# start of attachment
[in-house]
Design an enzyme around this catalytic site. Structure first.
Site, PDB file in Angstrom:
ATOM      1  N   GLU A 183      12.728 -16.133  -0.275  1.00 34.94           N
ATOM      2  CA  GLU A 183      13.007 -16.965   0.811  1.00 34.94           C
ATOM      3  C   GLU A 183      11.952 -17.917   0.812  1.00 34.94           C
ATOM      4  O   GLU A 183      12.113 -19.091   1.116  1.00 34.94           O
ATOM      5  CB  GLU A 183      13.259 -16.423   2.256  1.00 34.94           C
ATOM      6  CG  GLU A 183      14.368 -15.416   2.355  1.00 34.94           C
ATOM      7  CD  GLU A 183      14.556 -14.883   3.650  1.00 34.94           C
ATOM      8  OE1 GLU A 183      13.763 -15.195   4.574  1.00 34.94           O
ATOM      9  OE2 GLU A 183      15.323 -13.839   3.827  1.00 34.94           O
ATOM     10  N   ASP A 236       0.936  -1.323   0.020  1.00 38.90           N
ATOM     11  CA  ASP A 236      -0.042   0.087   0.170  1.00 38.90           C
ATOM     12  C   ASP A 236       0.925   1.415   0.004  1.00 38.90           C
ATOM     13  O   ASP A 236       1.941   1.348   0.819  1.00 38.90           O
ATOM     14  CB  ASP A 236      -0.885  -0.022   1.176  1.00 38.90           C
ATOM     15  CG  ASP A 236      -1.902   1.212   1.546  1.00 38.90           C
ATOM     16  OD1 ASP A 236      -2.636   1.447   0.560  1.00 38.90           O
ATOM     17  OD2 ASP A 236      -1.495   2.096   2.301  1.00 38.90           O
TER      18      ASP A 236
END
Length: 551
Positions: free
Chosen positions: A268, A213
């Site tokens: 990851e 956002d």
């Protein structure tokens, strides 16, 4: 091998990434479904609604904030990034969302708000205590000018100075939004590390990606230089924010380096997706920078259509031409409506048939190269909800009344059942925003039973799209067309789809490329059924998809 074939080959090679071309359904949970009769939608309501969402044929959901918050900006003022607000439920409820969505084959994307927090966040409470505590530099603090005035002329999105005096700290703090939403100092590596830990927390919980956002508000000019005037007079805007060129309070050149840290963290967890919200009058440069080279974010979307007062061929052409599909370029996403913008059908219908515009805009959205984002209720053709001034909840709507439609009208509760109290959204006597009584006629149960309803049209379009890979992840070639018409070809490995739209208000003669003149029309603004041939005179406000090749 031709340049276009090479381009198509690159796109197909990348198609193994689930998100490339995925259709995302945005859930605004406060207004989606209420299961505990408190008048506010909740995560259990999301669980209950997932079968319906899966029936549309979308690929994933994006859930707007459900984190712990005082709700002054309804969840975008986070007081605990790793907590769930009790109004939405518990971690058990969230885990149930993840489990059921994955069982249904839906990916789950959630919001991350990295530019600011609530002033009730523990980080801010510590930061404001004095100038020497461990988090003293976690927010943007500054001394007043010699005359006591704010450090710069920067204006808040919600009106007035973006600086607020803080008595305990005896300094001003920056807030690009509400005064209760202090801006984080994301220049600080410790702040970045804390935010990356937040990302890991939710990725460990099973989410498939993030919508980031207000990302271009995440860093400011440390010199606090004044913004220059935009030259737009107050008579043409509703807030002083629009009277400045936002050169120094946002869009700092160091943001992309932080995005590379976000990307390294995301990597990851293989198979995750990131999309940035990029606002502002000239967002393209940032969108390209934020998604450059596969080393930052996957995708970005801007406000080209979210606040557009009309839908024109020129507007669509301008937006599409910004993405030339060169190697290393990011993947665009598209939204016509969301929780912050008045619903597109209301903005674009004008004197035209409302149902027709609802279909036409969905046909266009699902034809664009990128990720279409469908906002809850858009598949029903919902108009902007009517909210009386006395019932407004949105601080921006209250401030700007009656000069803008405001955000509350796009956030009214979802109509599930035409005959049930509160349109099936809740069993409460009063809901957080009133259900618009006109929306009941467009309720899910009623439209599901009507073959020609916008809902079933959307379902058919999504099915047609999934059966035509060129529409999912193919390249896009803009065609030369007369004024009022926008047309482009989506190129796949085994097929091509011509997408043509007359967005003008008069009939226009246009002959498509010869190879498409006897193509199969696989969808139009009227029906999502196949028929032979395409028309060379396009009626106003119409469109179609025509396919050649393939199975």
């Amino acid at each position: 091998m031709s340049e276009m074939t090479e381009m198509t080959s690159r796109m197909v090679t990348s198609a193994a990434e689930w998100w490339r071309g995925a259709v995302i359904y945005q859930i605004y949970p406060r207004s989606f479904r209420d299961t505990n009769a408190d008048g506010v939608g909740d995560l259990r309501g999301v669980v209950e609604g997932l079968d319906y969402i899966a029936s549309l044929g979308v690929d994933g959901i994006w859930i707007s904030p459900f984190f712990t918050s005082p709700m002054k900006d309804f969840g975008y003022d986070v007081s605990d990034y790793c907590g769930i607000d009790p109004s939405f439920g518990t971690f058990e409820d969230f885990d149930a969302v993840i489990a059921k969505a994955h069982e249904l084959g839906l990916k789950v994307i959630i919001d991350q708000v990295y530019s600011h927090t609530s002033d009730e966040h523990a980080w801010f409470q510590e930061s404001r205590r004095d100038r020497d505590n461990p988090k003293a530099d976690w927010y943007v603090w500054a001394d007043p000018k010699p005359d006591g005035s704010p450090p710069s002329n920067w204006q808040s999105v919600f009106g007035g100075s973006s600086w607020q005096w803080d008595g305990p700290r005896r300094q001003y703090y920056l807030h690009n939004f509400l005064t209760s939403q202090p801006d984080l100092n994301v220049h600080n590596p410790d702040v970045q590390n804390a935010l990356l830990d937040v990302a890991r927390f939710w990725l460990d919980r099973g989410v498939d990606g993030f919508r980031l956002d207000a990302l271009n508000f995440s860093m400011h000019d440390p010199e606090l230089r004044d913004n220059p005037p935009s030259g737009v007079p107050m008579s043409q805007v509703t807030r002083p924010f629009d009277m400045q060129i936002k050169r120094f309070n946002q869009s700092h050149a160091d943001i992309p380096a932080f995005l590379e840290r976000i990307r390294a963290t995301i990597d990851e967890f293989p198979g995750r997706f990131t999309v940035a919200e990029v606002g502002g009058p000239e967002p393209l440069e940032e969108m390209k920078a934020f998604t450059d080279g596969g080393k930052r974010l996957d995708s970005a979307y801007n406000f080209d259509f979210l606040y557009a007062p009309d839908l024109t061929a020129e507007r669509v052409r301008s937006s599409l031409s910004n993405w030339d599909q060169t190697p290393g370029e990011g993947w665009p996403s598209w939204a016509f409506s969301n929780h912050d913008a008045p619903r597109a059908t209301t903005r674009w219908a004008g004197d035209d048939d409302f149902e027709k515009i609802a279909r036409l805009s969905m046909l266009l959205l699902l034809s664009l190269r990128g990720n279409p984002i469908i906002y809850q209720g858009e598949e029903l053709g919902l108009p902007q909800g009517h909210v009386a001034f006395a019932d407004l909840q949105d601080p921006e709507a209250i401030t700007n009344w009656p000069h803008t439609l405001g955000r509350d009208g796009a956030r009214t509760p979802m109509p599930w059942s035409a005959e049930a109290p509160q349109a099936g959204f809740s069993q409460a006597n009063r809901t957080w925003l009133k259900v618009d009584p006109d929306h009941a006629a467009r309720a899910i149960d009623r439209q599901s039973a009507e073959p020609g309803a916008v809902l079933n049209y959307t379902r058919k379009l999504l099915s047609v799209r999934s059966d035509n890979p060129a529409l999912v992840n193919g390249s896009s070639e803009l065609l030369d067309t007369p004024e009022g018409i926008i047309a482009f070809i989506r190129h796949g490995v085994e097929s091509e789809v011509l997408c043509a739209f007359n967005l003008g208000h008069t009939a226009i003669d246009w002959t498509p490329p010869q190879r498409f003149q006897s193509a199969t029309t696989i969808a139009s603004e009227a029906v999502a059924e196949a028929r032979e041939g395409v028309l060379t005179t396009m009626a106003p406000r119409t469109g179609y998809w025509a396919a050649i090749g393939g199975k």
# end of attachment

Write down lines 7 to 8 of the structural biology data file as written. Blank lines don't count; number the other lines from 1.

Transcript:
ATOM      4  O   GLU A 183      12.113 -19.091   1.116  1.00 34.94           O
ATOM      5  CB  GLU A 183      13.259 -16.423   2.256  1.00 34.94           C